Press information contained in the copyright record noted that the U.S. Marine Corps. staged battle scenes on Okinawa with several hundred veterans of the Japanese Imperial Army appearing as extras. A March 17, 1960 Hollywood Reporter news item added that 500 Marines from nearby Camp Hansen were also extras in the battle scene shooting. In addition to the location shooting in Okinawa, portions of the film were shot at Palos Verdes and Century Ranch in Calabasas, CA. Hell to Eternity was actress Tsuru Aoki Hayakawa's first American film in thirty-five years, and her last film before her death in 1961. She and her husband, Sessue Hayakawa, were frequent co-stars in the silent film era.
According to information contained in the file on the film in the MPAA/PCA Collection at the AMPAS Library, strong objections were made to the scene in which "Famika" and "Sheila Lincoln" perform a striptease. An January 11, 1960 letter from PCA official Geoffrey Shurlock to Allied Artists demanded that the suggestion of an illicit sexual affair between "Guy" and "Sono" be removed. In February 1960, Shurlock informed the company that an altered version of the scene was still unacceptable, and on June 7, 1960, shortly after production was completed, studio official Gordon S. White agreed to reduce considerably the length of the scene, removing various sexually explicit shots. On June 14, 1960, the scene was accepted, and the script approved.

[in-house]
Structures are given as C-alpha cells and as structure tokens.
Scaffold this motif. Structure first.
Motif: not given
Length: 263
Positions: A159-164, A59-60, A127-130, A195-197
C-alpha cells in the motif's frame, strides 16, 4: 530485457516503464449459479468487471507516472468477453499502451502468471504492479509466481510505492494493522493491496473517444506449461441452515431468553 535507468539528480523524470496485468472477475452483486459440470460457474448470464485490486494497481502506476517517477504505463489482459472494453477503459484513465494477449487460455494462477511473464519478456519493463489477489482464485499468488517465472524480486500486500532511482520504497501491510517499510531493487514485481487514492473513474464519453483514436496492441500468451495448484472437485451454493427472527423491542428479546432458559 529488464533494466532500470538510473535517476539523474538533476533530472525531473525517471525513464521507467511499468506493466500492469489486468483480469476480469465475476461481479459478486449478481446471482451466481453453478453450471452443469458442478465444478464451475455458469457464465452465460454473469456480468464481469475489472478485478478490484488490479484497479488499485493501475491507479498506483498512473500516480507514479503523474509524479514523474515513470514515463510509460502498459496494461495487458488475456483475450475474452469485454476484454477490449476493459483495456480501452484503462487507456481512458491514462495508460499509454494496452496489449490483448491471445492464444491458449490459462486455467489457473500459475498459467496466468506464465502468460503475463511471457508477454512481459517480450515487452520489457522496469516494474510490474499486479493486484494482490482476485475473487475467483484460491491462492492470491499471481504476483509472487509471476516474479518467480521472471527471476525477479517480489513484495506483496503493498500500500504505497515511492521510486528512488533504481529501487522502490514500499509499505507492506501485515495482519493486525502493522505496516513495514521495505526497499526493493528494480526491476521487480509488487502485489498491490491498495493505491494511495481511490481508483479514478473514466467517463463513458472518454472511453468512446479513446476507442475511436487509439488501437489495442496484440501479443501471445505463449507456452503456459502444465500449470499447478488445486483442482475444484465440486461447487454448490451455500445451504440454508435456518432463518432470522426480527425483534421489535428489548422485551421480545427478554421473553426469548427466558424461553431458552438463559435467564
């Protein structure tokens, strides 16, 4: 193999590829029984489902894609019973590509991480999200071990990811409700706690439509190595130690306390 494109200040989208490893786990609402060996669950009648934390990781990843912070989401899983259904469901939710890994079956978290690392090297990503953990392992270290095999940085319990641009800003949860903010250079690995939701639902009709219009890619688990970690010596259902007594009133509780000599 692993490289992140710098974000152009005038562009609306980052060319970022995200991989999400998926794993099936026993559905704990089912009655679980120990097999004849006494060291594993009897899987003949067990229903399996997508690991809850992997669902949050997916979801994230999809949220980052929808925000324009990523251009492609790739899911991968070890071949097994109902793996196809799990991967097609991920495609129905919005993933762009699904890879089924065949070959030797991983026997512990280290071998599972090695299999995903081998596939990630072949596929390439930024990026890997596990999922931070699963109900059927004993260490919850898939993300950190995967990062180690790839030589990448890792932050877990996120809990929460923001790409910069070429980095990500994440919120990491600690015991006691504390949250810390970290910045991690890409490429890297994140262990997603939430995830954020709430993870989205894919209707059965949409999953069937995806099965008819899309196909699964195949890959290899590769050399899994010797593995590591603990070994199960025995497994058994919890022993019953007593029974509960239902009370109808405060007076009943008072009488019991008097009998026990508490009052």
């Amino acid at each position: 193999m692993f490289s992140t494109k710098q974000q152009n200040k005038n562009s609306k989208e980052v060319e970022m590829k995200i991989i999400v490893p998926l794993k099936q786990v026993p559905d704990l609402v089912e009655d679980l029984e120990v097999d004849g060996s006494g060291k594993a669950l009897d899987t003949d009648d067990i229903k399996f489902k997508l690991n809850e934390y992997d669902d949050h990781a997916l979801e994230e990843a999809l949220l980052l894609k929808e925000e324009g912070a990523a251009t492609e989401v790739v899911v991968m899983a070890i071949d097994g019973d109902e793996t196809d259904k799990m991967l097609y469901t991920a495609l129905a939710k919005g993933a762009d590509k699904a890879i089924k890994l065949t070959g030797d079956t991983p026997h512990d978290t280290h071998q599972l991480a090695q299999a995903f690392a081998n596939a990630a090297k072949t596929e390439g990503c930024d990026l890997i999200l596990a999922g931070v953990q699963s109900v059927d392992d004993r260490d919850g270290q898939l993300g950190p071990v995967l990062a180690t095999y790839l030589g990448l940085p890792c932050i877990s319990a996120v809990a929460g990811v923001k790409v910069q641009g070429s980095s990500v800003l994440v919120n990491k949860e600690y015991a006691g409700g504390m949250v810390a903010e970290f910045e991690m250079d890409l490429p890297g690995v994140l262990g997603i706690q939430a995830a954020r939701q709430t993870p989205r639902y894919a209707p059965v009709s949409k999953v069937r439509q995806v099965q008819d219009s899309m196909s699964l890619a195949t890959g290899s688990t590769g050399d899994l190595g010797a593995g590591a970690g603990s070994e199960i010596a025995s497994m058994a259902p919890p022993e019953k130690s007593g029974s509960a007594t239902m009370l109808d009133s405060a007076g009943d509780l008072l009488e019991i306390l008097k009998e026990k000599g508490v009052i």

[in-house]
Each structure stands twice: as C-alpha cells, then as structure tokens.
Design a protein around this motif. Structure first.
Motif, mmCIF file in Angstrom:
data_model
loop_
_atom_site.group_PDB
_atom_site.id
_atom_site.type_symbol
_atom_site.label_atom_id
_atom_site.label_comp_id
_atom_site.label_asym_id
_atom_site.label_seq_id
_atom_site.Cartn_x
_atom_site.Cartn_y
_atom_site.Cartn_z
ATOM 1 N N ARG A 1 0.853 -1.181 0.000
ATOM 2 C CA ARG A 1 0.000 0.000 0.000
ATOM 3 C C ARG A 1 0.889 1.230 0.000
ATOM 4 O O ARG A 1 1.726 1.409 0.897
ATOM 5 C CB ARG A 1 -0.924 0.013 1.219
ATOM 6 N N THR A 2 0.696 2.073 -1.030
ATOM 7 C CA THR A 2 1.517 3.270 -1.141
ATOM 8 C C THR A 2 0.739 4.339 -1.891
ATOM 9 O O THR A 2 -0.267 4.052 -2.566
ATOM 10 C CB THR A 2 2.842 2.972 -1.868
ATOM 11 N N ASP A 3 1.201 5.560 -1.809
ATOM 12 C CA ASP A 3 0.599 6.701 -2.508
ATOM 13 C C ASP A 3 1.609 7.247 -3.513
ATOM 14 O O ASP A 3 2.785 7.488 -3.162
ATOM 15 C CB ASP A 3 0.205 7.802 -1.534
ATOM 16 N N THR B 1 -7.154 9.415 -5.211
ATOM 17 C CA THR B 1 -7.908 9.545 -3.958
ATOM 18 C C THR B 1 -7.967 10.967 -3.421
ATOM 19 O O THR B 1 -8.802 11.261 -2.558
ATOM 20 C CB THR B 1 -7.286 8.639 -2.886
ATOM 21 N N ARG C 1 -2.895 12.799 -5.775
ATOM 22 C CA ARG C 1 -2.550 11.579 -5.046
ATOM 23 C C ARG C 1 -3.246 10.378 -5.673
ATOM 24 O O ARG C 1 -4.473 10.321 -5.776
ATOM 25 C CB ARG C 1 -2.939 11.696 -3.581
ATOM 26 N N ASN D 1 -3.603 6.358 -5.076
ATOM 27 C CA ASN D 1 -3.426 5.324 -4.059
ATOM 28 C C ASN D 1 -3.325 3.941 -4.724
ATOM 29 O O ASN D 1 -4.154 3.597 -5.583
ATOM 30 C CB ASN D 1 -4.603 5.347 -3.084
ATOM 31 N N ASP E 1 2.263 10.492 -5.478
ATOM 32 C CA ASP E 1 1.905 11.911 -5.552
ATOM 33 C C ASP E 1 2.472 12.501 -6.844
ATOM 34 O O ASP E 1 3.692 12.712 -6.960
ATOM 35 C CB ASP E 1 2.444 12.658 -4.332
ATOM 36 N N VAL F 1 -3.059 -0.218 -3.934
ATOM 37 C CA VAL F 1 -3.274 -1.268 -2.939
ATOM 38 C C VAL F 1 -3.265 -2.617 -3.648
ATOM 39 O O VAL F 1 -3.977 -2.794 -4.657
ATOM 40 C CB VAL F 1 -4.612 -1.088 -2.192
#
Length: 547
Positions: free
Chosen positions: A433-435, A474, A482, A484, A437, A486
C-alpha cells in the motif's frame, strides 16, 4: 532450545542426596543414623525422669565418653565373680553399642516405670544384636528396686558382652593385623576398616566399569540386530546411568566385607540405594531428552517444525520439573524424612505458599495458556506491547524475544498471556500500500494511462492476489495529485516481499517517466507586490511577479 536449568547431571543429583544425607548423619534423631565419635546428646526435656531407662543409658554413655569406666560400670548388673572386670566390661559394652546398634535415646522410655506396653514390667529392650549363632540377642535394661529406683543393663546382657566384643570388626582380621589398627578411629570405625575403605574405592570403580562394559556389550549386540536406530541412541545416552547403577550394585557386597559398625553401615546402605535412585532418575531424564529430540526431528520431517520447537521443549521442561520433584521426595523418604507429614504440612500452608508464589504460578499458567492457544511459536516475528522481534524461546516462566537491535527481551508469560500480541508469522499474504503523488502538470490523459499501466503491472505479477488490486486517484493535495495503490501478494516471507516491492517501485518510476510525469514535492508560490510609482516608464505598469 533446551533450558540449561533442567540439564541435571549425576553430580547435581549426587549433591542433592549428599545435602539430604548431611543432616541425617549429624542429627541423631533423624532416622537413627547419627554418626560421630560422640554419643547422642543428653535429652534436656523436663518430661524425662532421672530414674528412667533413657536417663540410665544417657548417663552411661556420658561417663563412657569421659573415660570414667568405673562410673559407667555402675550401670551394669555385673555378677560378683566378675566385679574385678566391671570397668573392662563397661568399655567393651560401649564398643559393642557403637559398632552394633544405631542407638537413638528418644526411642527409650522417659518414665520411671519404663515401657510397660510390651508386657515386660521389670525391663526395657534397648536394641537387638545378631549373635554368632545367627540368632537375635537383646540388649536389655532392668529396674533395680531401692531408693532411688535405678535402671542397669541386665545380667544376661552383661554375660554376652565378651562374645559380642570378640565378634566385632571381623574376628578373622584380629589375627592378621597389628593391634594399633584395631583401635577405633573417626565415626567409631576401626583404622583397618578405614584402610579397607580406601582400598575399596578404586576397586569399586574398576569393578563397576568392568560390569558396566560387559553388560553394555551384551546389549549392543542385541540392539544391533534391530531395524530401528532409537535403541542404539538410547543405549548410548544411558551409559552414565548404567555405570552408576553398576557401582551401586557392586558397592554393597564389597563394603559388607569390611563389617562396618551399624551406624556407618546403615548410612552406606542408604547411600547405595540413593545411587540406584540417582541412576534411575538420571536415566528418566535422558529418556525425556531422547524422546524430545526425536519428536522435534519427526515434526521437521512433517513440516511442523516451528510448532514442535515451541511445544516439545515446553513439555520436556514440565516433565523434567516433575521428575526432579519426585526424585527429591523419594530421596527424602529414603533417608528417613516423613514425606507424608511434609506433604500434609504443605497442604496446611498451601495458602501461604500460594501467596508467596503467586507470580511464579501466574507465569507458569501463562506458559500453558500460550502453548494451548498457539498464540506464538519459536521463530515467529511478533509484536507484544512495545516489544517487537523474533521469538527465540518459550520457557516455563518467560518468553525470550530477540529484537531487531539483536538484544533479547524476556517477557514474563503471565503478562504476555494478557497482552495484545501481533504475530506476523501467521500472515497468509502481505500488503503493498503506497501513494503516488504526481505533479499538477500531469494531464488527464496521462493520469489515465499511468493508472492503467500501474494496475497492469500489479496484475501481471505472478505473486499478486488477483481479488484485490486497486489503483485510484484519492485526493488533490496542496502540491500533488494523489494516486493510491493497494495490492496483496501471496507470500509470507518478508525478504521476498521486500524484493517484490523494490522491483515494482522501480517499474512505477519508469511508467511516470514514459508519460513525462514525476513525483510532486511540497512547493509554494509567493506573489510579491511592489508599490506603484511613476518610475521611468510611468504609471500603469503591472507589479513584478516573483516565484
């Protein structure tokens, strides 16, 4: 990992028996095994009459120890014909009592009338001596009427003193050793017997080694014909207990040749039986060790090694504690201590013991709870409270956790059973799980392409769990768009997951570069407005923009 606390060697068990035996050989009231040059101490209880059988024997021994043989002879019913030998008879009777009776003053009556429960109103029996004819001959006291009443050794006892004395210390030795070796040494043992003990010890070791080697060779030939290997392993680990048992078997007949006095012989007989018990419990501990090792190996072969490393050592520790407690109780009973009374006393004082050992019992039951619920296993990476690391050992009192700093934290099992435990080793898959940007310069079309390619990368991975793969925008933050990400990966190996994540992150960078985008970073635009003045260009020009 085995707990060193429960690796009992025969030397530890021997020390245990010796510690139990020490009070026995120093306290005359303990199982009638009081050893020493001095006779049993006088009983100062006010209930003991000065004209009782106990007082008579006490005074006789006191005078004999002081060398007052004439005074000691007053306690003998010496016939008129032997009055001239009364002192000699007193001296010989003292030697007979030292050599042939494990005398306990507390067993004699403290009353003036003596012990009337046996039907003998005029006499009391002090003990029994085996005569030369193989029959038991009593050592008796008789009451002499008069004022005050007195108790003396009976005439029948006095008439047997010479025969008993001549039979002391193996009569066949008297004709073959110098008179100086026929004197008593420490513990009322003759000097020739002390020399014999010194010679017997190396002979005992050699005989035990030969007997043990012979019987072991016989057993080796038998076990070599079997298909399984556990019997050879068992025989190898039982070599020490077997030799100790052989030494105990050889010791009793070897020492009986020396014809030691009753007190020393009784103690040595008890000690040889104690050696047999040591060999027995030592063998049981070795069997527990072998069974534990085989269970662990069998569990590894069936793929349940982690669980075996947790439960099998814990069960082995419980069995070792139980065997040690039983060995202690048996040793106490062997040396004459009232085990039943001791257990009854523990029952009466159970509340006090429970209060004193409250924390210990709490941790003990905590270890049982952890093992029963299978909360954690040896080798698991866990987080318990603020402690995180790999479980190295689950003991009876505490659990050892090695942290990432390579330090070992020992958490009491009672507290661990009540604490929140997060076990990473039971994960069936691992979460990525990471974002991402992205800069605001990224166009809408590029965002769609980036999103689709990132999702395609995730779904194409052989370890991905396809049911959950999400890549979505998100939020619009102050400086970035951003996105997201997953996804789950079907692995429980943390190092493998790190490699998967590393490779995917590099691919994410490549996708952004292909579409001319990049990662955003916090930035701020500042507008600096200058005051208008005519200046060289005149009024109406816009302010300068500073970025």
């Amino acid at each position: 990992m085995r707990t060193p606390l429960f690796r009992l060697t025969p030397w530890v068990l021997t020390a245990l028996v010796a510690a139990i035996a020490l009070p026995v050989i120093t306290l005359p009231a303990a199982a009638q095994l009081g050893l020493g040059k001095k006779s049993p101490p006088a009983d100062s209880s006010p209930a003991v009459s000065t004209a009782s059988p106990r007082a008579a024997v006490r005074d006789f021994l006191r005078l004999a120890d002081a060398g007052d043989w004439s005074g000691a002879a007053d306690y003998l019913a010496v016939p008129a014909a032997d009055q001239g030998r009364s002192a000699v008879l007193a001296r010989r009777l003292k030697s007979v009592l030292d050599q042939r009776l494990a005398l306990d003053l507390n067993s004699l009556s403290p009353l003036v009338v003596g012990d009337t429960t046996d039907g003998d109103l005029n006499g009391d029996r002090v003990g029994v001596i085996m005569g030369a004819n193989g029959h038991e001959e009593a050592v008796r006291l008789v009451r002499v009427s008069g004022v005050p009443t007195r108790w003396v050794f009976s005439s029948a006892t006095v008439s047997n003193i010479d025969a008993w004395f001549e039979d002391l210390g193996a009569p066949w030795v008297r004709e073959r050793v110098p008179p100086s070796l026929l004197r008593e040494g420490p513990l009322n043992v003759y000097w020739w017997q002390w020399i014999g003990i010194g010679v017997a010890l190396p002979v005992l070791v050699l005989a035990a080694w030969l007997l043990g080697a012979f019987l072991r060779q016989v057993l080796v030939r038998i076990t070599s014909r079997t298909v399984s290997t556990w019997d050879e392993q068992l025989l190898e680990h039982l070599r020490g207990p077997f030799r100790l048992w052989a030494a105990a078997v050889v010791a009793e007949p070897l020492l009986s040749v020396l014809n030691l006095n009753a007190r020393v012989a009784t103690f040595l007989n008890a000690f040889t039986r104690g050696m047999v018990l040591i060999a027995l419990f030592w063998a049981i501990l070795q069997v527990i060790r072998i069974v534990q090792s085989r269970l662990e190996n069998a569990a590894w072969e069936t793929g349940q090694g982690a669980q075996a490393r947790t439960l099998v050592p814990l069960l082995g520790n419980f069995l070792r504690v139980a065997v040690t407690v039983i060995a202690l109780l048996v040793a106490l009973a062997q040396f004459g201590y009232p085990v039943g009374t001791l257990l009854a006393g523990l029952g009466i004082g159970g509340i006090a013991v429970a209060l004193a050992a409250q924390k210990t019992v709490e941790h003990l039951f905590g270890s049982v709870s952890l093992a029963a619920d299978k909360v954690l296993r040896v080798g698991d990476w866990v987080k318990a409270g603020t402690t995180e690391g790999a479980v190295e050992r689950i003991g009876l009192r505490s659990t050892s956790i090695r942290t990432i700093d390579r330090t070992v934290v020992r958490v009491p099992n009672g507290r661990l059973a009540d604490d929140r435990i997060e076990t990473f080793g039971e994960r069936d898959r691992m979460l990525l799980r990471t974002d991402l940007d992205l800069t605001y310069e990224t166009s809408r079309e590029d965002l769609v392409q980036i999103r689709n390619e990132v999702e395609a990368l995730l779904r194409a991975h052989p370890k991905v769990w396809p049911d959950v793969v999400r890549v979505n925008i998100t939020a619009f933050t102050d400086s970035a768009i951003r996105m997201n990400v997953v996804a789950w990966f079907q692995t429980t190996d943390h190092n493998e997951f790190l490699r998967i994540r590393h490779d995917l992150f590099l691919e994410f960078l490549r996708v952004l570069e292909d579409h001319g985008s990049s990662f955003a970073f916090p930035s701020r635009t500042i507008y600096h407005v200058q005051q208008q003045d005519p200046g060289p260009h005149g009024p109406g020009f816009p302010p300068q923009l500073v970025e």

The speech delivered by Hayakawa's character to the troops captured by Gabaldon is spoken in Japanese. The story of "Momotaro, the Peach Boy," is one of the best known folktales in Japan. Its principal character exemplifies kindness, courage and strength. A September 19, 1961 Daily Variety news item reported that Gabaldon made personal appearances in connection with free screenings of the film in provincial areas of Mexico. Hell to Eternity was the last produced screen story of writer Gil Doud (1914-1957).
Released in United States Fall September 1960
Released in United States Fall September 1960